The 2016 peace deal brought hope to many Colombian communities that had been exposed to brutality for decades. Three years on, this hope is being extinguished by a wave of attacks and murders on political candidates and community leaders – many of them women.
On Sunday, the country voted in its first local and regional elections since the accords. Although the polls themselves were relatively calm, the build-up was marred by an uptick in violence. Between October 2018 and August 2019, 91 political candidates, community organisers, and local activists were killed in acts of violence.
Women who support the peace process and stand up against armed groups and drug traffickers have been assassinated, attacked, and threatened – more than 100 have been killed in such attacks since 2016, the think tank Indepaz said in July.
During more than five decades of Colombia’s conflict, 122,000 women were displaced and some 1,400 women victims of sexual violence were recorded in the southwestern province of Putumayo alone.
The 2016 accords between the Revolutionary Armed Forces of Colombia (FARC) guerrillas and the Colombian government were supposed to end the conflict.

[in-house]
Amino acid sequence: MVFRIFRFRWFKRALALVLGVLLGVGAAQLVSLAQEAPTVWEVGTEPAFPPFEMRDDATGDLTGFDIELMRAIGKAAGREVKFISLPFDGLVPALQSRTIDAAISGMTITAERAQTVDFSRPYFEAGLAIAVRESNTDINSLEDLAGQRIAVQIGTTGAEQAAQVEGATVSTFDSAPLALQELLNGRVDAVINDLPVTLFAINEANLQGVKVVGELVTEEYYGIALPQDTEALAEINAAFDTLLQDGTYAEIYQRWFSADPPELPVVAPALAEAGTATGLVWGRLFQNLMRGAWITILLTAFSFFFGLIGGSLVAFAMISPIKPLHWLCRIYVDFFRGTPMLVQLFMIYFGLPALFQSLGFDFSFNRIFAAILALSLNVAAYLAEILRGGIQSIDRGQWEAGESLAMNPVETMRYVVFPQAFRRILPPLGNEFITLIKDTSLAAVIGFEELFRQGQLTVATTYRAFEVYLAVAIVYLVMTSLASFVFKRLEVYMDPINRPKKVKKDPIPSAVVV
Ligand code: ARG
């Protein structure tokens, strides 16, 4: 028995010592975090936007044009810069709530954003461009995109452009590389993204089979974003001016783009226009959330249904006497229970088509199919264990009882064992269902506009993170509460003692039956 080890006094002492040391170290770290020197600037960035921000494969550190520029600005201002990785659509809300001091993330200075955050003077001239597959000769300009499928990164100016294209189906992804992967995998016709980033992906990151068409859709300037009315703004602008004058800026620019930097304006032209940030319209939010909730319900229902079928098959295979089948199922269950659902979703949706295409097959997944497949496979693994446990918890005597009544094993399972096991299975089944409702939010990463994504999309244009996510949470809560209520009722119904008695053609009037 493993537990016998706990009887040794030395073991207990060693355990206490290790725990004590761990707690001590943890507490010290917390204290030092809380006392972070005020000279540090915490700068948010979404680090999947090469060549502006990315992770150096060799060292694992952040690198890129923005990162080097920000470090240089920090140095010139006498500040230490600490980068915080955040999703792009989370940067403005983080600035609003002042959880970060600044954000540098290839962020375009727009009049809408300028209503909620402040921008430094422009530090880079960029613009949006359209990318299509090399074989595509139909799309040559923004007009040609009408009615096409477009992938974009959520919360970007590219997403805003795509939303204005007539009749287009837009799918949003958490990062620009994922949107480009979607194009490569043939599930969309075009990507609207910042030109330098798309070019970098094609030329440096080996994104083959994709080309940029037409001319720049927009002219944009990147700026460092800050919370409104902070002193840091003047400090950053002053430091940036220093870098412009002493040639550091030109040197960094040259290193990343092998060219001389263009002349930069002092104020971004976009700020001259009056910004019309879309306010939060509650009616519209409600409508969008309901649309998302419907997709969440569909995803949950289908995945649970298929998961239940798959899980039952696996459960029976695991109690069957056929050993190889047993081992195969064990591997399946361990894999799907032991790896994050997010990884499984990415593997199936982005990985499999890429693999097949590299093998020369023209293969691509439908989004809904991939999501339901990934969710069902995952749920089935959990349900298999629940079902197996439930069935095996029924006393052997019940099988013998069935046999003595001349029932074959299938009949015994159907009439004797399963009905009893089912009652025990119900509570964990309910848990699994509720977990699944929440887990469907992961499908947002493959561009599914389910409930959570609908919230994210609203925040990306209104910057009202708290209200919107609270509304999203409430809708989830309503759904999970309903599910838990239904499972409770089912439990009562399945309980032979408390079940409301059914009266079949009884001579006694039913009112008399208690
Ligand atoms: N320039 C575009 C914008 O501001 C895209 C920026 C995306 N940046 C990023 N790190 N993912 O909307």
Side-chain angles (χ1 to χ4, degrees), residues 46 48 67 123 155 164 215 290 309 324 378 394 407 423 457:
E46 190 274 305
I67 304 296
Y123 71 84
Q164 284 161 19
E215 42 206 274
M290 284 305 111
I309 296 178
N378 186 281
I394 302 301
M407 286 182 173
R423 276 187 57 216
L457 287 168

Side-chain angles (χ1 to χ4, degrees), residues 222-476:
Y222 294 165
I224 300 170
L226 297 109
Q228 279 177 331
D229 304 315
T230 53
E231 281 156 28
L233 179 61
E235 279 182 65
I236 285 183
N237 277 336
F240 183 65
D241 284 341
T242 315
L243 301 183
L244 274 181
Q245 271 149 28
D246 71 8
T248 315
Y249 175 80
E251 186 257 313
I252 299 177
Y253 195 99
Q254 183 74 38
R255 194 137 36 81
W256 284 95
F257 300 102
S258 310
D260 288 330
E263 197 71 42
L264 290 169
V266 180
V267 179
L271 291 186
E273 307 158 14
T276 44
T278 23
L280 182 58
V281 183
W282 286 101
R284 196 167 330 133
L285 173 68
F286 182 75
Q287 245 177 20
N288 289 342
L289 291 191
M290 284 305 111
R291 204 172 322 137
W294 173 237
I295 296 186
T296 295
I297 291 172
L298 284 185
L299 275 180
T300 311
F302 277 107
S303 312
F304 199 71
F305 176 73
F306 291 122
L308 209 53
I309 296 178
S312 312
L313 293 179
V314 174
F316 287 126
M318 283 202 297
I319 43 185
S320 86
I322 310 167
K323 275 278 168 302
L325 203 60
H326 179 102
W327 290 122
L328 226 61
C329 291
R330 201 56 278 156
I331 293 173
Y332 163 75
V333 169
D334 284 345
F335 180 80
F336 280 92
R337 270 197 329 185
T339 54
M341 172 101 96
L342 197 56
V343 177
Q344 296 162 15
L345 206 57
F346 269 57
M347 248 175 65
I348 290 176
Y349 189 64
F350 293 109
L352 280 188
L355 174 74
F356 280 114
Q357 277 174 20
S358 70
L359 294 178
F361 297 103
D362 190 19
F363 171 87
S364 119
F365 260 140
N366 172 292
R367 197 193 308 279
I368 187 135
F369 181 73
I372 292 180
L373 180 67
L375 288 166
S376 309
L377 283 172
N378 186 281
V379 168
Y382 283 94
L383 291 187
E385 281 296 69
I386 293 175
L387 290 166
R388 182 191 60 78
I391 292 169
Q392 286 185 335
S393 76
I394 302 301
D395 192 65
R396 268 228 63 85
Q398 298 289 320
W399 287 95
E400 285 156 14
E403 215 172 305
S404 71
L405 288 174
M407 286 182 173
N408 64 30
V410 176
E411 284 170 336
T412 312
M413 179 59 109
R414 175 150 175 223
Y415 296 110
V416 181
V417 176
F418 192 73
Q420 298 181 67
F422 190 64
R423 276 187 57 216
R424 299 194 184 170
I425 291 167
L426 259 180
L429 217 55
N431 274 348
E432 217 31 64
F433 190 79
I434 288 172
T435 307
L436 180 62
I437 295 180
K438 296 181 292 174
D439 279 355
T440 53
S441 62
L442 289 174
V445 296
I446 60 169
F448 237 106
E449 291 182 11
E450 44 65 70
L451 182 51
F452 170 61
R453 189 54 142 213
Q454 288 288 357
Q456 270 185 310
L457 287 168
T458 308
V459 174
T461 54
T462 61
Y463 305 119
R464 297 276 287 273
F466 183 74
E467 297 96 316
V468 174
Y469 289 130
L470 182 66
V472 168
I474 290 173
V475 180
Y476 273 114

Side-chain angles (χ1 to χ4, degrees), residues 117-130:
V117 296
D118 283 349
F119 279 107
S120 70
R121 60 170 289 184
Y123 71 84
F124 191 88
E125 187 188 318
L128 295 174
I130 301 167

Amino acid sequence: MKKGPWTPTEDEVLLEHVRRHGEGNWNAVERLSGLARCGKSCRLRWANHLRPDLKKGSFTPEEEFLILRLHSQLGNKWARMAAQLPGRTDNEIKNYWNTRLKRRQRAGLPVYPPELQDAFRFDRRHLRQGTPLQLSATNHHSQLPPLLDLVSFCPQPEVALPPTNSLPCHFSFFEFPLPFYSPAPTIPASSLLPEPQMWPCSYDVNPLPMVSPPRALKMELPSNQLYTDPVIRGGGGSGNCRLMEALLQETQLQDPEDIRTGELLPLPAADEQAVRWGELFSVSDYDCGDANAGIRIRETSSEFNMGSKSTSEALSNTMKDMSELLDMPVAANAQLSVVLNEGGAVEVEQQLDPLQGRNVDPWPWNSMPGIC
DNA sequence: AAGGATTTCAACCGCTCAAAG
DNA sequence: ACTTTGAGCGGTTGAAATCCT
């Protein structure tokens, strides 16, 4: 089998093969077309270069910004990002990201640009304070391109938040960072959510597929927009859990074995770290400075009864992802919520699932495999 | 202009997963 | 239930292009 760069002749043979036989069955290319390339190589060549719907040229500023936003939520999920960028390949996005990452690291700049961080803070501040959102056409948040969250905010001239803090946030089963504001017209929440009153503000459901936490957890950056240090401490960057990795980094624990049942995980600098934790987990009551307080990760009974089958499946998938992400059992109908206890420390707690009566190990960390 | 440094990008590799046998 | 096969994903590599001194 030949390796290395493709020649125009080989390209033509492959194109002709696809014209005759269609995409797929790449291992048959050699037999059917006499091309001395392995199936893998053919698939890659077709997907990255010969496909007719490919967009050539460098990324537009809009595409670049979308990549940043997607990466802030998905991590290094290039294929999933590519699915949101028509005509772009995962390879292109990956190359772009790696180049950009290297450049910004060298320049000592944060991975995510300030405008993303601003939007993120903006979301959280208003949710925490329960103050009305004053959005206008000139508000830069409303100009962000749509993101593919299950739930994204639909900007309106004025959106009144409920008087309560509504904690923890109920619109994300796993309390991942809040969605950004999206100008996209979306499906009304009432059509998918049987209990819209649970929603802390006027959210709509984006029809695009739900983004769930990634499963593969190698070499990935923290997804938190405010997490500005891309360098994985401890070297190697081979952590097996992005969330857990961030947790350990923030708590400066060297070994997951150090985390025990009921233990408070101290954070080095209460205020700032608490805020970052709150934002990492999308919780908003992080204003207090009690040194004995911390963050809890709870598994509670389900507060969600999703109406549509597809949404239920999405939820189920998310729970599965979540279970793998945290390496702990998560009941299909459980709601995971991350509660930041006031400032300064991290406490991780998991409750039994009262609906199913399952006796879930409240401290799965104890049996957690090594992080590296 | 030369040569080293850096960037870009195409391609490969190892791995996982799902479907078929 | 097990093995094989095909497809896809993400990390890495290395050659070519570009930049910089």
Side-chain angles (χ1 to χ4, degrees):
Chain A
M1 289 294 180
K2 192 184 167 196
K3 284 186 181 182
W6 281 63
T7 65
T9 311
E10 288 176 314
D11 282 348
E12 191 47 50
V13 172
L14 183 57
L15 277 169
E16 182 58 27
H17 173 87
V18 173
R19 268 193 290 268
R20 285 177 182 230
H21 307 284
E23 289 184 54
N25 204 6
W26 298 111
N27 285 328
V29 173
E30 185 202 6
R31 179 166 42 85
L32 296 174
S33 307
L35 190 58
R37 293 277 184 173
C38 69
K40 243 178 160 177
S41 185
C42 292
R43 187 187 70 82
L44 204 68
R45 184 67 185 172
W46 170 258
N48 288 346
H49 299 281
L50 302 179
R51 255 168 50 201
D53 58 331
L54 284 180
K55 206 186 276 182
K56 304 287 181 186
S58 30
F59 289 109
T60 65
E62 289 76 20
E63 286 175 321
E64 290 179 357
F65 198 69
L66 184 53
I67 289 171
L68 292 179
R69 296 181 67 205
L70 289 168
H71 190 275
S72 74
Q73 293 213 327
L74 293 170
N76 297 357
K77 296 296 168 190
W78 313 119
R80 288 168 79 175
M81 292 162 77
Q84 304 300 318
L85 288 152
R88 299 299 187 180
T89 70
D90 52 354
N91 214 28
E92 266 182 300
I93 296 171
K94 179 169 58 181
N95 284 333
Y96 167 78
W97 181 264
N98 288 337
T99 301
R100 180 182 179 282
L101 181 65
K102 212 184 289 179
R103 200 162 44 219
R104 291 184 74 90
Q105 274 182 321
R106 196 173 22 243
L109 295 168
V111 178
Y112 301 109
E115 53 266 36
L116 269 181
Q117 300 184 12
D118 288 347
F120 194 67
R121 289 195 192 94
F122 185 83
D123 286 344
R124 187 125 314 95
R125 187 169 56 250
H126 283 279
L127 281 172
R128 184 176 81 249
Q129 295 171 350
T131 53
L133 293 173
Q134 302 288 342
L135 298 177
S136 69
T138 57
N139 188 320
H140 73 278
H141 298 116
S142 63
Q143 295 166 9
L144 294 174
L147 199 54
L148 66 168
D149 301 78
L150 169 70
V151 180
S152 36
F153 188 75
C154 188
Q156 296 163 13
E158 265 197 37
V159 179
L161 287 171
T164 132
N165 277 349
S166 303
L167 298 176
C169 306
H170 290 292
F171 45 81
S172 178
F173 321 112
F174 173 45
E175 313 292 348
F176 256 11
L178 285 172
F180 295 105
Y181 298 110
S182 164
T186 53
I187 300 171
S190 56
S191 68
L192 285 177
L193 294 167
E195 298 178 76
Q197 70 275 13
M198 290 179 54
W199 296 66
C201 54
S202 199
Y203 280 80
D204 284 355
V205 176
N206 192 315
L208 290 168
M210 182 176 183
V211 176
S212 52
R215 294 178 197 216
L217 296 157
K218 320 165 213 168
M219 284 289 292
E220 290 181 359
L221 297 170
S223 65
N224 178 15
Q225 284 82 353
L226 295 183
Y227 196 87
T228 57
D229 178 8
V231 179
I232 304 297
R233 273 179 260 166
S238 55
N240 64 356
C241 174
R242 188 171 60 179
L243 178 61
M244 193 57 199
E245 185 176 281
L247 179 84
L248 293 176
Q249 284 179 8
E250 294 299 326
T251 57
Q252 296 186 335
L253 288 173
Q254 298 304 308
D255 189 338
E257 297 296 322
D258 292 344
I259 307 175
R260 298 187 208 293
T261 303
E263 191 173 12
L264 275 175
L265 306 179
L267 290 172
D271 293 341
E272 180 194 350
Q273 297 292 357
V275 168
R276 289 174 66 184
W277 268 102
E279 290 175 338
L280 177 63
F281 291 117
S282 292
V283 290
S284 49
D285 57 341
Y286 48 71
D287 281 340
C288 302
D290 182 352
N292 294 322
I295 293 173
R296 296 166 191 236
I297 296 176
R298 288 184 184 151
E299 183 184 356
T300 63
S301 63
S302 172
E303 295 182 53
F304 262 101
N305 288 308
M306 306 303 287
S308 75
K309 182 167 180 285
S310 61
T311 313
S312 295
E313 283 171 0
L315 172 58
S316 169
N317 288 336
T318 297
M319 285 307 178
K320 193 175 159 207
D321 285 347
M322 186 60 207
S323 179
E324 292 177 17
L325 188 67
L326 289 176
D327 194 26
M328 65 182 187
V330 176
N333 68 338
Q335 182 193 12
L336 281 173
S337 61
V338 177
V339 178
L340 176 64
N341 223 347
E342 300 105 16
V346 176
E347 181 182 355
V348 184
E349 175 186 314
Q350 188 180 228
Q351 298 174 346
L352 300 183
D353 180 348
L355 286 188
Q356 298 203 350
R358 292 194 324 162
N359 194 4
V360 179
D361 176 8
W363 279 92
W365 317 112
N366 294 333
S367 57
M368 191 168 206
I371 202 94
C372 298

But since the FARC demobilised, violence has returned to Putumayo as armed groups looking to control the cocaine trade vie for power and look to suppress community activism in its infancy.
For this film, journalist Cady Voge and researcher Julia Zulver spoke to women in Putumayo about the dangers of continuing their work – women like Sandra*, who supported the peace process by helping former FARC fighters to reintegrate but now faces attacks and threats.
Whereas the FARC fighters were often familiar to community members, today’s groups are more unknown, adding to the chaos and complicating the response. “We don’t know who’s killing us now,” said Fátima Muriel, president of the Women’s Alliance in Putumayo.
Community leaders who condemn the armed groups and report them and their actions to the government risk retribution. And women are now being targeted with gendered acts of violence, precisely for the leadership roles they play within their communities.
(*Name changed for security reasons)
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